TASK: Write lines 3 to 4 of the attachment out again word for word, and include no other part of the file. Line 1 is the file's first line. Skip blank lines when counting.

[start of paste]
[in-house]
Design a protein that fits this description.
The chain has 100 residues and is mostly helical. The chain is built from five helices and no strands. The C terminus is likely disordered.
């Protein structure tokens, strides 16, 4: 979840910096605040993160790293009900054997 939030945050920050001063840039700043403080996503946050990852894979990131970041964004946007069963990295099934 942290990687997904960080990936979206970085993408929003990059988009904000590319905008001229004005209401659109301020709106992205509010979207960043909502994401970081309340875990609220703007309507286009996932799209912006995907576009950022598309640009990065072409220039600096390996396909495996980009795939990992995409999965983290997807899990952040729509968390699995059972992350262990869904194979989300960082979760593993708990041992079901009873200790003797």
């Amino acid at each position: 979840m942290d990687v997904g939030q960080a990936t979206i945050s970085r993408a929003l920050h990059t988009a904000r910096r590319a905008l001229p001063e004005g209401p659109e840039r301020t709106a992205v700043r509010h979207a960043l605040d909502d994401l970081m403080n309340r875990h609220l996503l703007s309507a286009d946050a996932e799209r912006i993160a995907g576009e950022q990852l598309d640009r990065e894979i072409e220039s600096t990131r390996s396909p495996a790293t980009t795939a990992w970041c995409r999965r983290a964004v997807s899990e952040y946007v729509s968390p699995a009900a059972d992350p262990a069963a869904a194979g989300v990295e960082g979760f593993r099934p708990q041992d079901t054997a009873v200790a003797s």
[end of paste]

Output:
The chain has 100 residues and is mostly helical. The chain is built from five helices and no strands. The C terminus is likely disordered.
């Protein structure tokens, strides 16, 4: 979840910096605040993160790293009900054997 939030945050920050001063840039700043403080996503946050990852894979990131970041964004946007069963990295099934 942290990687997904960080990936979206970085993408929003990059988009904000590319905008001229004005209401659109301020709106992205509010979207960043909502994401970081309340875990609220703007309507286009996932799209912006995907576009950022598309640009990065072409220039600096390996396909495996980009795939990992995409999965983290997807899990952040729509968390699995059972992350262990869904194979989300960082979760593993708990041992079901009873200790003797």